We want to say thank you to our outgoing Guest Curator, Dan Jenkins! If you missed a chance to see his fantastic artifacts, please stop by the Guest Curator Archive Page. You can also examine all of our past Guest Curator’s as well.
Welcome to our Guest Curator, Faith Hutson!
Nativity collection of Faith Hutson
THE ART OF THE CRÉCHE, THROUGH THE CULTURAL LENS AND EXPERIENCES OF ARTISTS
Nativities are artistic portrayals of that mystical event when, as an ancient writer declared, “the invisible became visible.” And whether you refer to the portrayal of the birth of Christ as a nativity, Christmas crib, or crèche, their creation is amazing, because they are created with such a variety of styles, materials, skill levels, and life experiences of the artists. For these reasons, the Nativity as an art form can appeal to all, regardless of religious belief. The depiction of the birth of a child brings all humanity together in a universally shared experience.
The depiction of the Nativity spans across many cultures, as well as centuries. St. Francis of Assisi is credited with erecting the first live Nativity scene in 1223 in Greccio, Italy, recreating the moment using animals and people; after that first nativity scene, the practice became popular and spread far and wide.
Within a century, almost every church in Italy had taken up the practice of displaying the nativity. Over time, statues replaced people and animals, and this also led to the in-home nativity scenes that are so much a part of Christmas today. The word nativity comes from the Latin word ‘natal’ which means birth, and is also where the word ‘native’ comes from.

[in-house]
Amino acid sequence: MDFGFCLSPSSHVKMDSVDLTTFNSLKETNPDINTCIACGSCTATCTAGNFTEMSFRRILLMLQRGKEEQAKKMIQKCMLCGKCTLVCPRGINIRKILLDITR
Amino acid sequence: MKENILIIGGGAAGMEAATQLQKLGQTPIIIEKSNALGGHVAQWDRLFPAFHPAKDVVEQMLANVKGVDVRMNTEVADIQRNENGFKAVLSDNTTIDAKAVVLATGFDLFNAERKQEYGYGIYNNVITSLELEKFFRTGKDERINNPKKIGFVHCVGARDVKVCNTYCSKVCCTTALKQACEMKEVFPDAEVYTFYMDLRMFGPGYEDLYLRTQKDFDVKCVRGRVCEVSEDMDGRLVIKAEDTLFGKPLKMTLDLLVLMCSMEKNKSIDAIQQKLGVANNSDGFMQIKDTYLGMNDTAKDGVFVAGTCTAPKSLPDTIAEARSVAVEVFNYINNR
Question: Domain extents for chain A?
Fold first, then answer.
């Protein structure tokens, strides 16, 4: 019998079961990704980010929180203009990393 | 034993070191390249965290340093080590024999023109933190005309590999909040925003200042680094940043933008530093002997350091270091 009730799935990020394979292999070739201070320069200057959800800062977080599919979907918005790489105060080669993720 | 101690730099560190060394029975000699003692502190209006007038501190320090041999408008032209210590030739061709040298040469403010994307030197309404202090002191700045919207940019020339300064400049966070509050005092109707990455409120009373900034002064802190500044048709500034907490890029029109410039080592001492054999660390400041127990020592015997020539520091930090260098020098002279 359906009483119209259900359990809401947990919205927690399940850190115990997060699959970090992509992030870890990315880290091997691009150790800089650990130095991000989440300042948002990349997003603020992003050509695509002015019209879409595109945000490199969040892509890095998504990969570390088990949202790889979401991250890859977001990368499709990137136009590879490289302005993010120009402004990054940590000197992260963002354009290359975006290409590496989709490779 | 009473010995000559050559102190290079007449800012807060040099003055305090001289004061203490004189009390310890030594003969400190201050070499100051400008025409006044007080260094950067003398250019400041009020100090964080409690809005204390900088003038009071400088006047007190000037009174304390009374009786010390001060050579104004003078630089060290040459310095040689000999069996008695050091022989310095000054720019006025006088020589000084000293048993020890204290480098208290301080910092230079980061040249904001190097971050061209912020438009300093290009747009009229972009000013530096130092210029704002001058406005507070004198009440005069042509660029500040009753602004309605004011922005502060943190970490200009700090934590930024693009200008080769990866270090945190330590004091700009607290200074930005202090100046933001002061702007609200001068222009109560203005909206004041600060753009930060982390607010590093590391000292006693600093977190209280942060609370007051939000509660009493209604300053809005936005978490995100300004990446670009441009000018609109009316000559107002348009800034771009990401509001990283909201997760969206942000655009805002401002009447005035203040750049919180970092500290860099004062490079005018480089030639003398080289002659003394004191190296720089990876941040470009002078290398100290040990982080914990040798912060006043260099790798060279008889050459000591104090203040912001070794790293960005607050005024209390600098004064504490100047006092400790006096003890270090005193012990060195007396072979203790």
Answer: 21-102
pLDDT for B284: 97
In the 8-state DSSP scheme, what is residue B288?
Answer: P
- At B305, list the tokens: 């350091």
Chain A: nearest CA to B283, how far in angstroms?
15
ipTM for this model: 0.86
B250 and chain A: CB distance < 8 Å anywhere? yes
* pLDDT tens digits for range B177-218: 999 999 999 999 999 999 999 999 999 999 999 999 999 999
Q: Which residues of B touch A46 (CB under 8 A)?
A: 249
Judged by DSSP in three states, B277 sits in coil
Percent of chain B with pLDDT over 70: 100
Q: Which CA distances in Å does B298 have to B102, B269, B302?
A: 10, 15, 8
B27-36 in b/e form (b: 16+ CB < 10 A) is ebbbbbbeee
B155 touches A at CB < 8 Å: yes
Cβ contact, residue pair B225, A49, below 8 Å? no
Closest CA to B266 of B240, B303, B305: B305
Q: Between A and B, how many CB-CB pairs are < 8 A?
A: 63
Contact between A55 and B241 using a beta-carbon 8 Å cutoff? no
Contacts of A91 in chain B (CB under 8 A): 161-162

There are many myths, and many versions of the nativity story; people express the Incarnation in ways that resonate with their cultures in both the style of dress and the type of animals present. The ubiquitous manger scene makes the perfect illustration of enculturation, the adaptation of the nativity story to their specific cultural setting. Beyond the religious nature of the story, everyone can relate to the vulnerability of a little baby’s arrival in the world.
If you are a folklorist or a collector of folklore/popular culture artifacts, please consider becoming a Guest Curator. Your objects will be highlighted here on a rotating basis.
All we ask is that the objects be yours, you have a photograph of the objects, and all or most of the information about the object (see the guidelines below, for more details).
Guest Curator Guidelines:
1. Artifacts must fall within the subject of our website (folklore, folk art, popular culture, etc).
2. Artifacts must be a part of your own personal collection.
3. Submissions must be limited to no more than five artifacts.
4. Submissions must contain a photograph of the artifact, as well as the title, purpose, country of origin, culture , materials, and dimensions of the artifact.
5. We also would like your photograph and a brief biography to accompany the collection.
Please contact, email@example.com and write Guest Curator in the subject line for further information or with any questions. We cannot wait to highlight your collection!